Vralia was at war.

“I am sorry,” the captain of the guard said. “There are Tarkovan men going to join ben Ximon. I will send word with them.”

“Please do,” I said shortly.

I didn't care about any of it. Didn't care about the quarrel between Tadeuz and Fedor, didn't care who had promised what to whom. I lay in my cell mulling over my options and doing my best to ignore Kebek.

Once again, there were no good choices. This wasn't civilized Caerdicca Unitas, where I could send a message to the D'Angeline ambassador and bring the might and wealth of Terre d'Ange to bear; and I wasn't exactly in Ysandre's good graces anyway. I thought long and hard about begging the captain to send to Tadeuz Vral himself. It might be that the Grand Prince would intervene. He had seemed well-disposed toward me and interested in Terre d'Ange. On the other hand, he might very well believe I was a spy. With Vralia at war, I daresay he'd choose to err on the side of caution. Elua knows, I would if I were him. Of a surety, he was unlikely to let me continue to wander unattended around Vralia.

I could tell the truth.

Having met Tadeuz Vral, I didn't think he was a man likely to punish me for somewhat I hadn't done. I could claim to have repented of my intentions. If I was lucky, he would simply forgive me and send me home. And Dorelei's death would go unavenged, all my efforts for naught. It was a galling thought. I wasn't willing to accept failure. Not yet.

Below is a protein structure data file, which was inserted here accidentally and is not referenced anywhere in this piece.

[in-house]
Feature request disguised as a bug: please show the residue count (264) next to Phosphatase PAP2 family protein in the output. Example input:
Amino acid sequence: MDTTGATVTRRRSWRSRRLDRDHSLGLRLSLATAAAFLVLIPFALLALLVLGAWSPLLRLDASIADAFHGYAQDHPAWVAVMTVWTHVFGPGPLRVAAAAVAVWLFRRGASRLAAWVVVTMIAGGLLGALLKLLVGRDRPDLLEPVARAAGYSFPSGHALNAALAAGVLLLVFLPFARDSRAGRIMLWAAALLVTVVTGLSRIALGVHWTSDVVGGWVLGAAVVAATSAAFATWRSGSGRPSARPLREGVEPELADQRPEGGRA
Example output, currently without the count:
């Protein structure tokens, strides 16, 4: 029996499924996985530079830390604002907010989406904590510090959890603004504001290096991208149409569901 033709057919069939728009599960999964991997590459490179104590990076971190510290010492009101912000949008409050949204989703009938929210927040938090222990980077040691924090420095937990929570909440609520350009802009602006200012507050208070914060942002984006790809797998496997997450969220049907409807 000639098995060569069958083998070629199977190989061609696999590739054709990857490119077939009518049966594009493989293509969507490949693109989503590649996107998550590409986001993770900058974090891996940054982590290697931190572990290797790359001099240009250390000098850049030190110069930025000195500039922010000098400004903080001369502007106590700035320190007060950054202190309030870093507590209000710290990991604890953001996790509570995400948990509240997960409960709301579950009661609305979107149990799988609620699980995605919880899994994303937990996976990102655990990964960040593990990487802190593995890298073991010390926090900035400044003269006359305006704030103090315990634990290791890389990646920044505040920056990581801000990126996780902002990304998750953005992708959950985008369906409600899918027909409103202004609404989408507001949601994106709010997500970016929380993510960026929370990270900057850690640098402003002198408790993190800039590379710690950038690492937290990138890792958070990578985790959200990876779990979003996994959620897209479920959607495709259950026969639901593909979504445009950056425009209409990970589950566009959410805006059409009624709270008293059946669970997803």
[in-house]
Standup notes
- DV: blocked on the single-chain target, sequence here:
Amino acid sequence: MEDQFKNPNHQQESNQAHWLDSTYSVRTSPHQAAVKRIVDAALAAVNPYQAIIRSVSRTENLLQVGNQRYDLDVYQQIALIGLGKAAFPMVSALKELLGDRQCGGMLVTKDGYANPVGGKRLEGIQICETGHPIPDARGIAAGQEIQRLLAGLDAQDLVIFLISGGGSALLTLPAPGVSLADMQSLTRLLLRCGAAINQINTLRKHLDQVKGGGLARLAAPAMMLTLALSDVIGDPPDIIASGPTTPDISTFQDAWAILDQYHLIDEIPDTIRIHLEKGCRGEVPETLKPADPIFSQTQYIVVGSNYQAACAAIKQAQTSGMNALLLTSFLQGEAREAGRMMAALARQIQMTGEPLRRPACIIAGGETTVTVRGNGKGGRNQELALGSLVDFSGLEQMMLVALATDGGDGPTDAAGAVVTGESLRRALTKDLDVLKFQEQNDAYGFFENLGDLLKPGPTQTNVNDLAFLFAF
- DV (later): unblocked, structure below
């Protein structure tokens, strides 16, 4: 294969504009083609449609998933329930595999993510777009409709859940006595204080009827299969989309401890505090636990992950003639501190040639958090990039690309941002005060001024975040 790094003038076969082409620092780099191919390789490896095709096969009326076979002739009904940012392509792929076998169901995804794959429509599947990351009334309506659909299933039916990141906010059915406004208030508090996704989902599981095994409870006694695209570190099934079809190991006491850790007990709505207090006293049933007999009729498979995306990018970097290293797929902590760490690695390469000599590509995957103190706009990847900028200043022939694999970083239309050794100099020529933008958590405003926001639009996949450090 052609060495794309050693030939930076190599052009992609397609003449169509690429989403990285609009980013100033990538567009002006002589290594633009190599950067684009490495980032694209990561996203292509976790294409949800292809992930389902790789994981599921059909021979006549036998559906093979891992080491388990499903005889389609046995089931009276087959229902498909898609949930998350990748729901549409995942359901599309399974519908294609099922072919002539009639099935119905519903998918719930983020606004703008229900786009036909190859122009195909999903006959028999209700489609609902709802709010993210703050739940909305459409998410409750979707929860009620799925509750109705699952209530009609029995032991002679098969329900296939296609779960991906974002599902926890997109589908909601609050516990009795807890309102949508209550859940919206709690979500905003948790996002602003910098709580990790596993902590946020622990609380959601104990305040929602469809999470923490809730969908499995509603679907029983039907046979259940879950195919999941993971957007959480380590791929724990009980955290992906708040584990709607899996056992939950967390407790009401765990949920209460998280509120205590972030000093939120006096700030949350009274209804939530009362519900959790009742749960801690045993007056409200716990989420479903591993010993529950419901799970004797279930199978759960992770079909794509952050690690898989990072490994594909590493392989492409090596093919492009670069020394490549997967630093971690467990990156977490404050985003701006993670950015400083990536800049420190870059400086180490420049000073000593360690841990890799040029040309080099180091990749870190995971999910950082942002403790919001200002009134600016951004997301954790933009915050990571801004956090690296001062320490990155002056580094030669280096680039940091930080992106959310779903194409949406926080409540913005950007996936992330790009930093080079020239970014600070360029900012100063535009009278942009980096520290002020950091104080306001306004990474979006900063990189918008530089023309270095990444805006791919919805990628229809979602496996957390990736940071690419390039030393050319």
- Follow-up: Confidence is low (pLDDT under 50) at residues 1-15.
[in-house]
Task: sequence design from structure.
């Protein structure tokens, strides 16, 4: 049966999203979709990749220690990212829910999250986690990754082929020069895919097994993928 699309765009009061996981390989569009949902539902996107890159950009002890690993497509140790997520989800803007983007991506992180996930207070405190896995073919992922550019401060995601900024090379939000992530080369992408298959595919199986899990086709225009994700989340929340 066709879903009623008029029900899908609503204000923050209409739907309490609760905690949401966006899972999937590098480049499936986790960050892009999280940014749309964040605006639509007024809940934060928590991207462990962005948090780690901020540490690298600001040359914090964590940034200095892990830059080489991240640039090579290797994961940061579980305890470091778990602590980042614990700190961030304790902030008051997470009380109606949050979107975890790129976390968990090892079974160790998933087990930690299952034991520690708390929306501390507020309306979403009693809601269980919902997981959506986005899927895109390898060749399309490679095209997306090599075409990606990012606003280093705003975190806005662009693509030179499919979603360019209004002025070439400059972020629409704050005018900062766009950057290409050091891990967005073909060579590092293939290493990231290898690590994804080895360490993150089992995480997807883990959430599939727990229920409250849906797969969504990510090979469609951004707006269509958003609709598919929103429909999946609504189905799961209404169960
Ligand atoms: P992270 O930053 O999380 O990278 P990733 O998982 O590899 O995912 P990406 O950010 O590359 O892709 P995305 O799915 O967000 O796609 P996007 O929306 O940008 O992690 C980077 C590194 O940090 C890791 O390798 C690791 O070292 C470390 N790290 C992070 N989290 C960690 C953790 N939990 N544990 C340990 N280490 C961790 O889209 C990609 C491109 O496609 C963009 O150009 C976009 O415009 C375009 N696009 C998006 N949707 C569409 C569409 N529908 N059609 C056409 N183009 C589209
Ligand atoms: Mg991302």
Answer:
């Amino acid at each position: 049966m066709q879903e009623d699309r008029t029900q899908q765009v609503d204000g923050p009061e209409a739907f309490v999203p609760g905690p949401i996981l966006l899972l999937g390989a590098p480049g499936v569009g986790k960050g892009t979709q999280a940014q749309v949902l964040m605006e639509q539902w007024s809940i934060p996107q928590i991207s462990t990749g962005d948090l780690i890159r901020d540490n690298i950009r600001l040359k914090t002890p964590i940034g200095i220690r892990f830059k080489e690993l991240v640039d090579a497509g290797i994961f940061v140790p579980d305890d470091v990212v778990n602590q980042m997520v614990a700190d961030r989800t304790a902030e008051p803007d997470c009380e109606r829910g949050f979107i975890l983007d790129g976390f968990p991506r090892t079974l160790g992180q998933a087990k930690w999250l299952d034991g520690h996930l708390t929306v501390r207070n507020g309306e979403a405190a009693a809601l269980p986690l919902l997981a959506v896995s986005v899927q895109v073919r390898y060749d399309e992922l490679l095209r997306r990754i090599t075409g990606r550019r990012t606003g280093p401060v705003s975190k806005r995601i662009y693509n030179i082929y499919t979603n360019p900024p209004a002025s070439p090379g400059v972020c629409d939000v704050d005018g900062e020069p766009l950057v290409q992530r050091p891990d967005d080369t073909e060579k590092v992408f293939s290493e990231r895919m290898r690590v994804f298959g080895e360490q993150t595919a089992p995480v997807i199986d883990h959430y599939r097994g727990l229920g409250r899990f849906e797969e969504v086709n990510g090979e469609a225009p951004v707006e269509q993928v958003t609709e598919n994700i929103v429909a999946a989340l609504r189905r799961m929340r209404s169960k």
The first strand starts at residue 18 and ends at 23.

In the end, I couldn't think of a single course that didn't involve abandoning my hunt for Berlik except waiting for Micah ben Ximon's aid, and praying like hell that he was willing to give it. If he wasn't…well. There was always the truth.

And failure.

So I waited. Another week passed, then two. The captain thought it was at least ten days' ride to Petrovik, mayhap longer.

The worst part of it was the tedium. I wonder that more men don't die of it in prison. We weren't treated badly. After the first day, they didn't bother to beat Kebek. They didn't seem inclined to kill him, either. We ate what the guards ate, twice a day. When the temperature dropped further, coldness seeping incessantly through the stone walls, they took pity on me and gave me the bedroll from my pack.

It wasn't as bad during the day when the braziers were stoked in the guardroom and one could move about, but at night, when the braziers burned low, the chill sank into one's bones. I spent half that first night wrapped in my blanket in a state of profound irritation, listening to the Tatar's teeth chatter in the darkness.

“Elua!” I said in disgust, giving up. “Fine. Come here.”

He made a questioning sound.

I patted my pallet. “Come here, you horse-thieving Tatar idiot. I'll share the blanket.”